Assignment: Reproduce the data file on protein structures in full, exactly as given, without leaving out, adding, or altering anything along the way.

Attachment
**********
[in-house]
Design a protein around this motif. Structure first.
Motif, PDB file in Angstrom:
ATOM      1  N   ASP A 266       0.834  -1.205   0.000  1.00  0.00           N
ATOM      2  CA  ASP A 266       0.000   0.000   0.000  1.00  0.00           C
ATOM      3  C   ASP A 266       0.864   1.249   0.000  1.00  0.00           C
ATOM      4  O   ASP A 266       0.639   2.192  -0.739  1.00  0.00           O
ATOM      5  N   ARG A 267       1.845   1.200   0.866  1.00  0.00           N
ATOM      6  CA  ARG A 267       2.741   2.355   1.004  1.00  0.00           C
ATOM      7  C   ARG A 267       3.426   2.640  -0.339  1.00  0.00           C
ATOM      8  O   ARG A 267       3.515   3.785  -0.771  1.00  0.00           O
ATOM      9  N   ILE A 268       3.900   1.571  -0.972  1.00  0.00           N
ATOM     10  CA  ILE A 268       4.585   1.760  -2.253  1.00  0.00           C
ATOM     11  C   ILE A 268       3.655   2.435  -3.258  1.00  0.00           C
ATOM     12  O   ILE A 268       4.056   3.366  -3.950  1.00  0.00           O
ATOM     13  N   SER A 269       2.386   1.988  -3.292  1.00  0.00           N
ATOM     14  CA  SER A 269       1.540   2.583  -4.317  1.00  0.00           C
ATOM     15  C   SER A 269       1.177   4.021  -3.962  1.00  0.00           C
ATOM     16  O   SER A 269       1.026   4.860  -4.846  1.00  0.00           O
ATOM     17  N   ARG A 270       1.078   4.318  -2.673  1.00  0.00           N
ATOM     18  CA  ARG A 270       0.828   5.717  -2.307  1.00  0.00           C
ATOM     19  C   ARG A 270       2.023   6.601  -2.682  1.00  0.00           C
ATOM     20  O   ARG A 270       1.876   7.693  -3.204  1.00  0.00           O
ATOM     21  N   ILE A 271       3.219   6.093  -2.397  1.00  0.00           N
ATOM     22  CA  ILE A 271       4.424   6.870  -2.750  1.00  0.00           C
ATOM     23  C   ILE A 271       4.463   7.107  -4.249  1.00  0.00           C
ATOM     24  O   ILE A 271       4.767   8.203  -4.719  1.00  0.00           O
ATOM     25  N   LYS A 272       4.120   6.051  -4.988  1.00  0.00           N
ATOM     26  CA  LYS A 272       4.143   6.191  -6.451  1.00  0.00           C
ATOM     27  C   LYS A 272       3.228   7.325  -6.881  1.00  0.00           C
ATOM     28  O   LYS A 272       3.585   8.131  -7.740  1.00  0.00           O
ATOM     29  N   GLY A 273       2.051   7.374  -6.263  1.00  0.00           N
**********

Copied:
[in-house]
Design a protein around this motif. Structure first.
Motif, PDB file in Angstrom:
ATOM      1  N   ASP A 266       0.834  -1.205   0.000  1.00  0.00           N
ATOM      2  CA  ASP A 266       0.000   0.000   0.000  1.00  0.00           C
ATOM      3  C   ASP A 266       0.864   1.249   0.000  1.00  0.00           C
ATOM      4  O   ASP A 266       0.639   2.192  -0.739  1.00  0.00           O
ATOM      5  N   ARG A 267       1.845   1.200   0.866  1.00  0.00           N
ATOM      6  CA  ARG A 267       2.741   2.355   1.004  1.00  0.00           C
ATOM      7  C   ARG A 267       3.426   2.640  -0.339  1.00  0.00           C
ATOM      8  O   ARG A 267       3.515   3.785  -0.771  1.00  0.00           O
ATOM      9  N   ILE A 268       3.900   1.571  -0.972  1.00  0.00           N
ATOM     10  CA  ILE A 268       4.585   1.760  -2.253  1.00  0.00           C
ATOM     11  C   ILE A 268       3.655   2.435  -3.258  1.00  0.00           C
ATOM     12  O   ILE A 268       4.056   3.366  -3.950  1.00  0.00           O
ATOM     13  N   SER A 269       2.386   1.988  -3.292  1.00  0.00           N
ATOM     14  CA  SER A 269       1.540   2.583  -4.317  1.00  0.00           C
ATOM     15  C   SER A 269       1.177   4.021  -3.962  1.00  0.00           C
ATOM     16  O   SER A 269       1.026   4.860  -4.846  1.00  0.00           O
ATOM     17  N   ARG A 270       1.078   4.318  -2.673  1.00  0.00           N
ATOM     18  CA  ARG A 270       0.828   5.717  -2.307  1.00  0.00           C
ATOM     19  C   ARG A 270       2.023   6.601  -2.682  1.00  0.00           C
ATOM     20  O   ARG A 270       1.876   7.693  -3.204  1.00  0.00           O
ATOM     21  N   ILE A 271       3.219   6.093  -2.397  1.00  0.00           N
ATOM     22  CA  ILE A 271       4.424   6.870  -2.750  1.00  0.00           C
ATOM     23  C   ILE A 271       4.463   7.107  -4.249  1.00  0.00           C
ATOM     24  O   ILE A 271       4.767   8.203  -4.719  1.00  0.00           O
ATOM     25  N   LYS A 272       4.120   6.051  -4.988  1.00  0.00           N
ATOM     26  CA  LYS A 272       4.143   6.191  -6.451  1.00  0.00           C
ATOM     27  C   LYS A 272       3.228   7.325  -6.881  1.00  0.00           C
ATOM     28  O   LYS A 272       3.585   8.131  -7.740  1.00  0.00           O
ATOM     29  N   GLY A 273       2.051   7.374  -6.263  1.00  0.00           N